Businesses spend exorbitant amounts of monies on customer service. In addition, they spend hours training employees, from the frontline to executive level staff, on the importance of living out their organization’s mission, vision, and values. These organizations know that if they do not hear the voice of the customer, and then deliver quality services or products to the customer, they will not be in business long.
Many local governments spend almost no money on customer service. Many do not train staff on how to live out vision, mission, or values. As a result, people often walk through our doors never being spoken to. Surely, we have nice websites and great posters and pamphlets, but can you imagine walking into an Apple store and having no one speak to you and no products to interact with?
You might argue “customer service” and “government” do not belong in the same sentence. How can they since governments do not have customers? I agree governments do not have “customers” in the classic sense. That doesn’t mean we should reject basic customer service principles that can help us effectively serve visitors, businesses, and residents within our communities.
Some questions to consider:
- Have you ever trained your staff on how to properly use a telephone? Do they know how to meet the needs of callers? Do they understand basic phone etiquette? Do they take messages properly, transfer calls successfully, and respond promptly?
- Does your staff know how to properly format business documents and email? Have you provided training on the difference between a memorandum and a business letter? Do they know how to properly file sensitive information and set up retention schedules on employee and/or citizen-related documents?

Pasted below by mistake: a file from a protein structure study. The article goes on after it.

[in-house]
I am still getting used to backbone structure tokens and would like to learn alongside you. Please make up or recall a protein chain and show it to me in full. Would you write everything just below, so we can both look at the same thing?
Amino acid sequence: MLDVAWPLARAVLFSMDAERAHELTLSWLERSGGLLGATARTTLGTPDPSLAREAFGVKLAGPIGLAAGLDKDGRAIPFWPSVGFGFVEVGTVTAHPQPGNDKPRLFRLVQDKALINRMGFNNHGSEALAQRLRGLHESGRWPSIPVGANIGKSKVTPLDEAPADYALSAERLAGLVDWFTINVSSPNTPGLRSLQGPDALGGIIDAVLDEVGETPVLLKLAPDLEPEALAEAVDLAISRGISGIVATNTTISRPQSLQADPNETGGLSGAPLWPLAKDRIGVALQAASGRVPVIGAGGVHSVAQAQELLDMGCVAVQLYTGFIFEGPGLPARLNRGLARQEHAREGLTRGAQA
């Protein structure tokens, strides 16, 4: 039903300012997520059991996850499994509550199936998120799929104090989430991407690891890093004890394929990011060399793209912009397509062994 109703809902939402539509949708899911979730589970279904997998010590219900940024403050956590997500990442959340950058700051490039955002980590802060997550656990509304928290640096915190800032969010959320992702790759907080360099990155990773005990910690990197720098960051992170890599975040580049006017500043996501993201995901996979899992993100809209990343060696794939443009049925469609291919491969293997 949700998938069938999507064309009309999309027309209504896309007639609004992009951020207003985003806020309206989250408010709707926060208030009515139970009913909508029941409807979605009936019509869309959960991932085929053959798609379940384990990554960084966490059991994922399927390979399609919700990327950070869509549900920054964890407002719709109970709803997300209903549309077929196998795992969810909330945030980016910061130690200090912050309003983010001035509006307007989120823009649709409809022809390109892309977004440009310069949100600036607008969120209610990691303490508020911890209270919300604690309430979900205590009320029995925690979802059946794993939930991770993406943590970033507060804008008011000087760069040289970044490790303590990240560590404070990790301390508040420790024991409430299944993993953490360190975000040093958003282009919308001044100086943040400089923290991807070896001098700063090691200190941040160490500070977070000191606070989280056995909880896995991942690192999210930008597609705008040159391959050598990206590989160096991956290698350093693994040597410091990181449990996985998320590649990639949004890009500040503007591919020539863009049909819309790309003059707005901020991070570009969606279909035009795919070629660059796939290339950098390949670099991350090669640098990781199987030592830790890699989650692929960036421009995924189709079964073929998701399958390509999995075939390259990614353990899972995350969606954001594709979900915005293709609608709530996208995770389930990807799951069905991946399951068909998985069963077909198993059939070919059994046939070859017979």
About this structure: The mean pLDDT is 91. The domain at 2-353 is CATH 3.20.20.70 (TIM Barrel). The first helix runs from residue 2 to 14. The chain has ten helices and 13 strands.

- Do you offer a friendly greeting as people arrive at your workstation? Are those who walk through your doors for the first time left to find their own way? Do you have an e-newsletter, Facebook, or Twitter feed that provides details about upcoming events, festivals, volunteer opportunities, etc.? Do you take the initiative on “next steps” or do you leave initiative in the hands of others?
Excellent customer service demands that organizations understand the needs of their customers and identify how products and services meet those needs. Growing organizations carefully and consistently scrutinize both as a means of remaining engaged and relevant.
Our “customers” are our citizens, vendors, business owners, etc. Internally, our “customers” are those we work with.
Our “product” is easy to identify. We are public servants. Put another way, we exist to serve the public. Although a handful of our citizens will never be satisfied with any decision we make or service we offer, the vast majority want better communities. By offering excellent customer service, our desires are mutually aligned.
One of the most important aspects of practicing excellent customer service is making the conscious choice to do so. We don’t just talk about making people feel welcome — we actually welcome them. We take time to problem solve with them. We pause when we offer “government speak” and explain what may sound like a foreign language to the uninitiated.
I don’t expect to see the phrase “we’re about great customer service” popping up on local government websites as a result of this article. But I do hope leaderships will embrace the concept in practical and cultural terms and equip staff to confidently and enthusiastically meet the needs of those within their circles of influence.
President of Online Learning, Strategic Government Resources
Two easy ways to dramatically improve your quality of customer (public) service:
1) Continue to provide human/personal service; don’t hand it off to technology, and
2) Hire “people and service” oriented perconalities who naturally enjoy service.
City of El Paso Tax Office
Thanks for the extra tips, David!